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When it Comes to Anesthesia, There Are Many Considerations

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When you need surgery, you have likely had the chance to meet your surgeon and discuss the procedure beforehand and spend several days or weeks getting used to the idea. However, you might not meet your anesthesiologist or discuss your anesthesia plan until the day of surgery, which can feel a little nerve-wracking.

“Before any procedure your surgeon and your anesthesiologist will have discussed what is needed both in terms of the procedure and you,” said Toshio Nagamoto, MD, a surgeon at Samaritan Surgical Specialists and program director of the general surgery residency program at Samaritan. “Your anesthesiologist may meet with you briefly right before a surgery, so it might feel fast, but there has been a lot of prep work behind the scenes that you may not be aware of.”

After reviewing your medical history, the anesthesiologist considers your overall health, medical conditions, medications you take, and the length and type of surgical procedure you are having to determine the right mix of anesthesia for you.

There are four categories of anesthesia that may be involved.

General Anesthesia

This is what most people think of when they hear “anesthesia” and is used for most major surgeries or procedures that may take a long time. General anesthesia may be referred to as going to sleep, but it is a medically induced reversible deep sleep that allows you to have surgery without experiencing pain.

General anesthesia is usually a mixture of several drugs which are used at different times during the surgery; some decrease awareness while others maintain deep sleep. The anesthesiologist considers the length and type of surgery, and any potential interactions or complications from a given drug with medical conditions you have like obstructive sleep apnea or heart conditions, medications you are on and allergies.

Your unique drug cocktail may be injected through an IV in a vein or as gas breathed in from a mask. You may need a breathing tube placed to make sure you are getting enough oxygen. The anesthesiologist will monitor your heart rate, breathing and blood pressure to make sure you remain safely unconscious.

General anesthesia is very safe. Researchers examining anesthesia over a period of six years found that of nearly 107 million surgical discharges there were 34 deaths from anesthesia, or 0.0000003%. Common side effects include nausea, fever and chills. Nausea is the most common and affects about 35% of people, so depending on your procedure the anesthesiologist may administer anti-nausea medication as you wake up.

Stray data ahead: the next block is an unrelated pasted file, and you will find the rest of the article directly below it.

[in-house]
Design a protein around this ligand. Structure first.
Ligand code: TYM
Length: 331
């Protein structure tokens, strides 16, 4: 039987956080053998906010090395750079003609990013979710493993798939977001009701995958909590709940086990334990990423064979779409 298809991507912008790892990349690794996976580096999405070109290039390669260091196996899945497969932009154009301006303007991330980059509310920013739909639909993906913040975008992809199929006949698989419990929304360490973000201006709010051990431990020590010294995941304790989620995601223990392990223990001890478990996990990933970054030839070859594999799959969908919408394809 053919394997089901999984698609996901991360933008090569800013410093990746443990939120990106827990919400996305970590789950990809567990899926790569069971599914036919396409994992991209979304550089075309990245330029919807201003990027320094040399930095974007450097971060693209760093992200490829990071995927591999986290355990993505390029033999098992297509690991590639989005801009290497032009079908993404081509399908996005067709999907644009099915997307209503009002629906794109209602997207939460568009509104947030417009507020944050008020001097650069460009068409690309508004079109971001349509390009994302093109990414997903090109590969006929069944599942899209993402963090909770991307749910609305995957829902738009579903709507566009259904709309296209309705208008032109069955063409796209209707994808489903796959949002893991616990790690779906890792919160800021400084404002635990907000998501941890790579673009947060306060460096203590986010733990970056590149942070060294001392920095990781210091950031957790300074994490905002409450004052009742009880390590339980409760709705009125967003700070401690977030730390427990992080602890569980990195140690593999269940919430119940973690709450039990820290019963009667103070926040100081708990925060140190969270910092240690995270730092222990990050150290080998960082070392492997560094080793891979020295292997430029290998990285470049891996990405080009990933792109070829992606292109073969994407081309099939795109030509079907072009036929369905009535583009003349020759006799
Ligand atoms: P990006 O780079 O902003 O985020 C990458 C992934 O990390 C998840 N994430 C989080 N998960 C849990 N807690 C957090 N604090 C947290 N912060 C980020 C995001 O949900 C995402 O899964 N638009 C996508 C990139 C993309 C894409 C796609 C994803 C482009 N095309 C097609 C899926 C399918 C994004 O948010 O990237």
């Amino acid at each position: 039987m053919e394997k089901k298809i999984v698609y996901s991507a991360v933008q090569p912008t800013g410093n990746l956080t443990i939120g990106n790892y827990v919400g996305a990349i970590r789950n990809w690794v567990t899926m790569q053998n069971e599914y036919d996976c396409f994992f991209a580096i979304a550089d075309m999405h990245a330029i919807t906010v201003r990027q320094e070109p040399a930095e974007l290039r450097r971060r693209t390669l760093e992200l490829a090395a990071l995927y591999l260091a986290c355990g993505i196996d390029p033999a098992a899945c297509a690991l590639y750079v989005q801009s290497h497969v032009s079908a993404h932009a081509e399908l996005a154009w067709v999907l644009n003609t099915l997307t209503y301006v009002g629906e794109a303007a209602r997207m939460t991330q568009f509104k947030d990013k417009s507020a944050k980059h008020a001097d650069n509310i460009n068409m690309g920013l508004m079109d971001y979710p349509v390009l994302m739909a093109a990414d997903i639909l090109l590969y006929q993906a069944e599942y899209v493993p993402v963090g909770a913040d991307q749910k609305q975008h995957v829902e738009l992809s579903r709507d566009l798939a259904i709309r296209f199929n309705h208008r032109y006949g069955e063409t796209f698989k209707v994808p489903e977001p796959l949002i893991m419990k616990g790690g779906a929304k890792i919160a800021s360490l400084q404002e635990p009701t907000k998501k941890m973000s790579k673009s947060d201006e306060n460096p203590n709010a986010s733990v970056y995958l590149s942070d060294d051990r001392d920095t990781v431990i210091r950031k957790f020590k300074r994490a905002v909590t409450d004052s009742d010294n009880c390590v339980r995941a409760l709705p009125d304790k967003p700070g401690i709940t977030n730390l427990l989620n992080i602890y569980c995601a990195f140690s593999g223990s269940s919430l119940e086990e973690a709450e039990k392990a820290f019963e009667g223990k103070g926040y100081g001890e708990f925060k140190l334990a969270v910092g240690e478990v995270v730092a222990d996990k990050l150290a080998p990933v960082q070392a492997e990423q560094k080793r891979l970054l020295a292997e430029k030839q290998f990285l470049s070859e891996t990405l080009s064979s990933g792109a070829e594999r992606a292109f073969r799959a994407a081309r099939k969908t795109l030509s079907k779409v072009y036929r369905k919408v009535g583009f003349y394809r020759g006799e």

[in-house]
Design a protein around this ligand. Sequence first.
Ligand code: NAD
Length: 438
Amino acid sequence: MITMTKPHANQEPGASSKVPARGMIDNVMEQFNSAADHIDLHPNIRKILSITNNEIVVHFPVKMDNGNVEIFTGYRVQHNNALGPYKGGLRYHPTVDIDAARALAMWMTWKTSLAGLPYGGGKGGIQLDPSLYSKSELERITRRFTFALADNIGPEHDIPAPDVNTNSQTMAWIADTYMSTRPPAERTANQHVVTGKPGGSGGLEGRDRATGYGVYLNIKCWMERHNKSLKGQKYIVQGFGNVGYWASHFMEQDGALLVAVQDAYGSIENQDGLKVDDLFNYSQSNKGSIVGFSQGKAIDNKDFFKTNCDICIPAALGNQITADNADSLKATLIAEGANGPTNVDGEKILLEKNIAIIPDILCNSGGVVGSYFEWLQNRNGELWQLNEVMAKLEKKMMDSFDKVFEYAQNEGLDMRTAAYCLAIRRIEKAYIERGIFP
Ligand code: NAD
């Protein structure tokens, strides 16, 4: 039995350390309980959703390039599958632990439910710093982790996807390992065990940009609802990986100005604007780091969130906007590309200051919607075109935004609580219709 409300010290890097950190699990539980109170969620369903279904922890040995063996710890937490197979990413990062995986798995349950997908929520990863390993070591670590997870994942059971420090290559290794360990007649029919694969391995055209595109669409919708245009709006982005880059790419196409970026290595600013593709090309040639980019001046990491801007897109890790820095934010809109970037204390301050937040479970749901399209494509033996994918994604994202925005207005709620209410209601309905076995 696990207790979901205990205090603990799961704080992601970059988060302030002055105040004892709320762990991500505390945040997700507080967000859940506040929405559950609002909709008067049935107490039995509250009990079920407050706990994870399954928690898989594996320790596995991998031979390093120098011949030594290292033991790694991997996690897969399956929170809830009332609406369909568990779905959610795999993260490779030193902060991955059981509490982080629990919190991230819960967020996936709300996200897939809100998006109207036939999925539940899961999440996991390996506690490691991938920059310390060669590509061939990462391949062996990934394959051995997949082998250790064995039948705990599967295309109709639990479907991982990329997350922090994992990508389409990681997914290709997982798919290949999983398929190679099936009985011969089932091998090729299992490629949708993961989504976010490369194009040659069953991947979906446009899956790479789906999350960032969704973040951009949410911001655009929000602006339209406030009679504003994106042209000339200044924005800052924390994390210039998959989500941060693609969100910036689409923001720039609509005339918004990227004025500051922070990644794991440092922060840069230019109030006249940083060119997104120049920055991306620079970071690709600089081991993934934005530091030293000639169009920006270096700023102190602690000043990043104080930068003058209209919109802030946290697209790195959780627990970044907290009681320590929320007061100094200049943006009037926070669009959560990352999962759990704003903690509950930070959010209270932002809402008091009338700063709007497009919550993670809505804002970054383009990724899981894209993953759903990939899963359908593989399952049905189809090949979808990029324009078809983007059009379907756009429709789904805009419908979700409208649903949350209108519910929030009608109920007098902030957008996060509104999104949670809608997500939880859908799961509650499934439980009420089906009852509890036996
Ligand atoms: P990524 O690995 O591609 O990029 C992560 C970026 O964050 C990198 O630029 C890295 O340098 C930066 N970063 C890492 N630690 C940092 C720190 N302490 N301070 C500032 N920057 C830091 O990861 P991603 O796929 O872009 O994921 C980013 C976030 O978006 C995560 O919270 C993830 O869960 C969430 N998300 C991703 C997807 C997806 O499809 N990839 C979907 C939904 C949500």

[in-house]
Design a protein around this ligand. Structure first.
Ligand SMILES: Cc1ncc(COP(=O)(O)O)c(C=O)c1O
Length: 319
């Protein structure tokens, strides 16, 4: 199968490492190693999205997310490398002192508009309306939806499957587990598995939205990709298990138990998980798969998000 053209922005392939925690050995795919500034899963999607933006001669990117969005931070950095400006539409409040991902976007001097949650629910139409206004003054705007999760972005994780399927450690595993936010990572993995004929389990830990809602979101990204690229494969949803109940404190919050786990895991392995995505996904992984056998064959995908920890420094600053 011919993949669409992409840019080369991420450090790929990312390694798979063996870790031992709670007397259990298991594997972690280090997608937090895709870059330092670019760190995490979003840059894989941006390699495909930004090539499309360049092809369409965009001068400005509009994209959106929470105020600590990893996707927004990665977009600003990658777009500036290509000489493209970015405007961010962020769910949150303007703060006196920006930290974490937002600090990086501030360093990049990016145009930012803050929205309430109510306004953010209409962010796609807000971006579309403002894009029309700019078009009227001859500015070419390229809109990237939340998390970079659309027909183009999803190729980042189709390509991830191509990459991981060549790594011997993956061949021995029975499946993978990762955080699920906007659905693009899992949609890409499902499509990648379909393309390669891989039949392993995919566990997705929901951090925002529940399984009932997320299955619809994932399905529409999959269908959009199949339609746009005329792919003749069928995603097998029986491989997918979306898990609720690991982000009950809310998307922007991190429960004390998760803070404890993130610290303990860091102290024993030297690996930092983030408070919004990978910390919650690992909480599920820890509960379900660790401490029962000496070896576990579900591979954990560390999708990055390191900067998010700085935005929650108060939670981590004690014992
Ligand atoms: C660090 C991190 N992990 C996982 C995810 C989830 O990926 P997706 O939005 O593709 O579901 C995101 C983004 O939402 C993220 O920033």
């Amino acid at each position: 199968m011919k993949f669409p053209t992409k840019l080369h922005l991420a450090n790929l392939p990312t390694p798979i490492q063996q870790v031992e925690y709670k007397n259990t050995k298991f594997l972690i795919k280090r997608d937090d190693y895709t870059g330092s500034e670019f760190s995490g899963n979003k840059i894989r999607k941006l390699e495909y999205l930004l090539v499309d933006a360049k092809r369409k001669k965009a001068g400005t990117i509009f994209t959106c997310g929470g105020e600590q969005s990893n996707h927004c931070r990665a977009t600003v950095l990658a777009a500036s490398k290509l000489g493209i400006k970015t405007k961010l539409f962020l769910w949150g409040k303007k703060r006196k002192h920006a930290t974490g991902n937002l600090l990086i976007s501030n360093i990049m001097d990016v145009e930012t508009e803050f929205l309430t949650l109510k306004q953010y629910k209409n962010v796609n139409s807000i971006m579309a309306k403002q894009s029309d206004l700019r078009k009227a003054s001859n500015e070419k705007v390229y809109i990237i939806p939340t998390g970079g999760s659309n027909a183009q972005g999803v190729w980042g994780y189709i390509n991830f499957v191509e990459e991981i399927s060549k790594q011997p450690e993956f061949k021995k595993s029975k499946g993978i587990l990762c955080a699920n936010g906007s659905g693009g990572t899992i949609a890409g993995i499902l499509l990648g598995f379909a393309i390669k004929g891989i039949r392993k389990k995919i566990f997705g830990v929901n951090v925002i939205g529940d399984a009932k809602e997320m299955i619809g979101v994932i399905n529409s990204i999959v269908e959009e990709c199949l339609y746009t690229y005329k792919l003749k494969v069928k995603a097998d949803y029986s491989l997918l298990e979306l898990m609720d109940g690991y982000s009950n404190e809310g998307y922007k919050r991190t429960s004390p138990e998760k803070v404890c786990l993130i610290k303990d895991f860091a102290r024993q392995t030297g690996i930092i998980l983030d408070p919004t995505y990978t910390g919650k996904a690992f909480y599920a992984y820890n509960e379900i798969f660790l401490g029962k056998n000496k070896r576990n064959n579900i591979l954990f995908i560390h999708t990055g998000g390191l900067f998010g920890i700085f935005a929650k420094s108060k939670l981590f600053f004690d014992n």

Be sure and follow fasting recommendations before surgery. Since the muscles, including the digestive tract, are relaxed and reflexes are stopped it is possible for food or drink to come up from the stomach and be inhaled into the lungs. This can hinder breathing or damage the lungs.  

Monitored Sedation

Monitored sedation is used for shorter surgeries or procedures where you may need to be aware. Biopsies and scoping procedures like colonoscopy or endoscopy often use this type of anesthesia. Sedation may be mild, where you can talk, or deep where you will be asleep with no memory of the procedure. However, you will not be fully unconscious like you would be with general anesthesia. You may need to follow fasting recommendations as you would for general anesthesia. 

Sedation is considered safer than general anesthesia with fewer side effects.

Local Anesthesia

Local anesthesia numbs a small and specific part of the body, like when you are at the dentist. Local anesthesia is injected in the area to be operated on and may be used for in-office procedures to enhance the localized numbing effect, or in combination with general anesthesia or sedation.

Regional Anesthesia

Regional anesthesia numbs a large part of the body, like from the waist down. An epidural given during childbirth is a common example. The medication is given through a small tube and injected near the spinal cord or the bundle of nerves in the surgical area. Regional anesthesia may be used in combination with general anesthesia or sedation during surgery. This can help control pain and lessen the amount of general anesthesia or sedation you need. In some cases, a catheter may remain attached to a bulb to deliver a local anesthetic to the region to enhance prolonged numbing effect.

Dr. Nagamoto recommends taking advantage of your time with the anesthesiologist and asking questions about your care during surgery. It will help you understand what will happen, so you may feel less nervous. Be upfront about any health concerns you have and medications you are on, marijuana and street drugs you use, and how much alcohol you consume. All these factors can influence how your body responds to anesthesia.

“There is always some risk with surgery, but it has come a long way in the last 50 years,” said Dr. Nagamoto. “Surgery is safer now than it has ever been.”

Learn more about surgery and surgical options at Samaritan.